I often share the same bus journey home from Hammersmith as a couple of Fulham fans who sit elsewhere at Craven Cottage. Our trips back through west London offer an interesting insight into how others might have viewed the game and give an alternative viewpoint on Martin Jol’s reign. Thursday night saw an interesting discussion about the merits of Jol’s selection policy and one name kept coming up: Damien Duff.

The experienced Irish winger, who was like a man reborn under Roy Hodgson and for me remains Fulham’s best crosser of a ball, hasn’t started a league game for Fulham since the middle of September. His domestic appearances have been fleeting since then – the briefest of substitute appearances at Wigan (where he somehow found the time to get booked) and a much longer showing at Stoke after Moussa Dembele limped off injured. Duff did start in Krakow, but after Dembele’s sending off saw little of the ball.

He was particularly pumped up for Thursday night’s return fixture – and not just for the obvious reasons. A regular for Giovanni Trapattoni, Duff will still want frequent football to earn a spot in the Republic of Ireland side that takes on Estonia in their European Championship play-off next week. It also seems as though he is in direct competition with Dembele for a spot in Jol’s side, so he had ample motivation to send a reminder to the manager of his ability.

Not that anybody amongst the Cottage faithful needs such a hint. Duff’s professionalism has never been in doubt and he quickly proved anyone who wondered whether he’d lost the sharpness that characterised both his eye-catching entrance to English football and the vibrancy of his displays for Jose Mourinho at Chelsea with the answer upon his return to SW6. He might not have the pace to glide away from defenders in an instant, but will still show an eagerness to take on a full-back. Duff also others something Jol’s side have noticeably lacked this season, genuine width, plus the versatility to play on either flank.

Then there’s his work ethic. He’ll scurry across every blade of grass and work back to protect a defence that seems to have been left to fend for itself in the early days of Jol’s tenure – as Rich pointed out yesterday. If John Arne Riise is really going to be encouraged to explore his attacking potential from left back, then Duff’s willingness to track back should count in his favour. He could offer similar protection to whoever finally nails down the right full-back spot too.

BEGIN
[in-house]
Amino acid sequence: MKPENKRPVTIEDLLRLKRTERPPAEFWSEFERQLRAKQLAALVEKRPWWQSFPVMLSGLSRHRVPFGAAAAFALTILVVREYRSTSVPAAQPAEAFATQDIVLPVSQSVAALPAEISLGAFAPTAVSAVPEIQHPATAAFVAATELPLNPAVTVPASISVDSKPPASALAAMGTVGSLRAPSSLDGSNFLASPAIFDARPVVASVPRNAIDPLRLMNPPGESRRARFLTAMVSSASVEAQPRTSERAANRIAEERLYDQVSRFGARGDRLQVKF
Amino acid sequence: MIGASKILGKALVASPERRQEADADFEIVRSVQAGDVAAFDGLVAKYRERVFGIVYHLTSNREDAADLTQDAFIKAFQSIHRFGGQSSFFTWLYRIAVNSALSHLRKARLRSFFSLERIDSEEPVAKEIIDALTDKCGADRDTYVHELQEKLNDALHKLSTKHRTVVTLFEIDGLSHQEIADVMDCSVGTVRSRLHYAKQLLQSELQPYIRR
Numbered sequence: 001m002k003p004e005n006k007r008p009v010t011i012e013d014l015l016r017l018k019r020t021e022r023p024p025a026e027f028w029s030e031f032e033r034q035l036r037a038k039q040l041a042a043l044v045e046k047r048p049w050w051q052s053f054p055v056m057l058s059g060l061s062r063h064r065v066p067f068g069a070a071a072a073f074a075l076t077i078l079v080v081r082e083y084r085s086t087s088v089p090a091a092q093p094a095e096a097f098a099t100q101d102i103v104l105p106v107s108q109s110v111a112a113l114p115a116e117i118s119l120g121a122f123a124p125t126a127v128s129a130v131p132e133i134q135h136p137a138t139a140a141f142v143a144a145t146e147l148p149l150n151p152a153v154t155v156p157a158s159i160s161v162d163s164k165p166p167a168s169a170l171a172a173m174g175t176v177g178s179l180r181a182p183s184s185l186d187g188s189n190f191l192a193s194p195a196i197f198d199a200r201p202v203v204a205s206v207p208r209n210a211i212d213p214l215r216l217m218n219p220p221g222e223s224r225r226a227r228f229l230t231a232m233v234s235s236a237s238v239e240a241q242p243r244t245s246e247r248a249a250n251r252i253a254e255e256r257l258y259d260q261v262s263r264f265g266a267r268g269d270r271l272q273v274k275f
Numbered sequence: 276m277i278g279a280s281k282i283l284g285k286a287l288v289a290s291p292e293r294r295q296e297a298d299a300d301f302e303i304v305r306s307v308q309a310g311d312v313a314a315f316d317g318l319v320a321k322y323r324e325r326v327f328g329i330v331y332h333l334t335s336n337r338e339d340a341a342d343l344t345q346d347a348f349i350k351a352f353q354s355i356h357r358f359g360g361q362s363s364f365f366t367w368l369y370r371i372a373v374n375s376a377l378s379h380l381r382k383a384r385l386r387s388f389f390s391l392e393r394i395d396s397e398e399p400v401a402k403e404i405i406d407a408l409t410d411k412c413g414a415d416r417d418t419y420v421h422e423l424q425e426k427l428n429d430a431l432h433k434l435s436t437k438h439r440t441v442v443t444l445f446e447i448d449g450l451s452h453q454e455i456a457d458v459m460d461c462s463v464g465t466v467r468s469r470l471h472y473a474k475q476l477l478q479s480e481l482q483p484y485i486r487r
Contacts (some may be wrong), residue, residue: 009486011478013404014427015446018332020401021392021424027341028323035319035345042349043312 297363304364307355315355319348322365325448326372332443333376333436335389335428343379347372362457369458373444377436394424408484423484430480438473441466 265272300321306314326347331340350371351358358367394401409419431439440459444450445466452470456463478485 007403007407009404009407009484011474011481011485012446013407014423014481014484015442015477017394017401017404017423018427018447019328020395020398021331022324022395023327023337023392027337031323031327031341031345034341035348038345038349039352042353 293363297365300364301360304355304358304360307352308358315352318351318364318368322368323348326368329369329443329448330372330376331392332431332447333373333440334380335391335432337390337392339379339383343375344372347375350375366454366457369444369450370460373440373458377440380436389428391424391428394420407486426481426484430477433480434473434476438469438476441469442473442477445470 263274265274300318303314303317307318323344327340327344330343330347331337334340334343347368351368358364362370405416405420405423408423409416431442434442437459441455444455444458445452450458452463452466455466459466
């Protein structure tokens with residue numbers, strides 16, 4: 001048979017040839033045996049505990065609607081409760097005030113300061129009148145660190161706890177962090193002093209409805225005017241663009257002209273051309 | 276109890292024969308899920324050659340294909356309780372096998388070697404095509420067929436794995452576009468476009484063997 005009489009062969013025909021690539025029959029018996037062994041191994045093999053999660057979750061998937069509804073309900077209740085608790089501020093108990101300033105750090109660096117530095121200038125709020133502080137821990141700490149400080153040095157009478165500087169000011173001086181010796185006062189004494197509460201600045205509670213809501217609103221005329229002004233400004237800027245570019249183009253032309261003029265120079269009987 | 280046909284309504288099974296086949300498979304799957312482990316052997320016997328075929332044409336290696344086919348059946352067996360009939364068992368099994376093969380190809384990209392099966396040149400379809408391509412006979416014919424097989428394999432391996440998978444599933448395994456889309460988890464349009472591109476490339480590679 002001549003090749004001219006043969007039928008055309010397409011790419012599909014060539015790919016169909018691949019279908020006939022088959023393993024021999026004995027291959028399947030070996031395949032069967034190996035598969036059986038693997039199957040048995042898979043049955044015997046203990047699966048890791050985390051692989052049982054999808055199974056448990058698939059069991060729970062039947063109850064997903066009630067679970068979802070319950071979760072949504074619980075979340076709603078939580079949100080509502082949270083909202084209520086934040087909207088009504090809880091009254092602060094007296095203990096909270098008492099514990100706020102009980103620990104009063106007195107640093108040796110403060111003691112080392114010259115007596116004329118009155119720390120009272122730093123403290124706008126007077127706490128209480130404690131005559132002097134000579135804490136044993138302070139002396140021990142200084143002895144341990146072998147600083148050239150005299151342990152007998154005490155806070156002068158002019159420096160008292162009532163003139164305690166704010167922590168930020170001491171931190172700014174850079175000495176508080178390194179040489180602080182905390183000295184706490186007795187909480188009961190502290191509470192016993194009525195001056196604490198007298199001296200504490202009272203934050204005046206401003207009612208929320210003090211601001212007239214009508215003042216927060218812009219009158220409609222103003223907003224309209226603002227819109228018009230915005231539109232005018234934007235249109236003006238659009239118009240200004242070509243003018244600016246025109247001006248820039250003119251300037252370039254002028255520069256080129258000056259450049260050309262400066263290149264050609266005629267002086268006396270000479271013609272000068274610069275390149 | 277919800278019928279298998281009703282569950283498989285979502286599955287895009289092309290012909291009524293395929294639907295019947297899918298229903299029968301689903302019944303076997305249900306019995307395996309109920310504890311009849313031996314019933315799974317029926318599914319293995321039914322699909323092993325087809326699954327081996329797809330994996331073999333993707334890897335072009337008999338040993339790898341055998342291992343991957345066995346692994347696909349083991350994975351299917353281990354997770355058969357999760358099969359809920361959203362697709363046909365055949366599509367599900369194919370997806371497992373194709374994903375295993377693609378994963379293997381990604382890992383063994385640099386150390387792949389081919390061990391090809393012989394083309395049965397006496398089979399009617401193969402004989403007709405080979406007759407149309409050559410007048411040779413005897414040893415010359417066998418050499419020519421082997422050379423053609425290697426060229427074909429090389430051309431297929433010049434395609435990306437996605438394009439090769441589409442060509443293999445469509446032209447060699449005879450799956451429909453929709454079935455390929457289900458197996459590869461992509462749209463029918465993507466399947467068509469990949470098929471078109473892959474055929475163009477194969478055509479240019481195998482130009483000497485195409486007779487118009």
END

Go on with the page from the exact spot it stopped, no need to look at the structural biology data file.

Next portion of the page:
Including Duff in your side also almost guarantees chances. His hyper-active start against Wisla underline what an attacking asset he can be. Eagerly cutting in from the right, he extended an Estonian goalkeeper who may well face a few more Duff curlers in the coming weeks within three minutes. Then he showed his intelligence in the build-up to his goal, increasing the tempo with a clever flick to Bobby Zamora as space opened up for a Fulham break. When Andy Johnson sped towards the penalty area, Duff was the furthest Fulham player forward and he made no mistake with an assured first-time finish.

It’s far from a one-off either. The second half of last season saw Mark Hughes’ side pull away from the relegation zone and move beyond mid-table¬†mediocrity. It also coincided with a purple patch of Duff goals. He scored the winner against Newcastle – to his quite obvious enjoyment – and followed that up with an equaliser at Manchester City and two crucial goals against Blackburn. Had he not picked up an Achilles injury in April, Duff could have played a far more active part in Fulham’s impressive end to the season.

If Jol is keen to move towards a quicker, more vibrant Fulham then you can understand his preference for Dembele. But it would be a real shame to see Duff relegated to second choice – even at 32, he’s too good a performer for that. What’s more his experience and discipline could help to contain Gareth Bale tomorrow afternoon.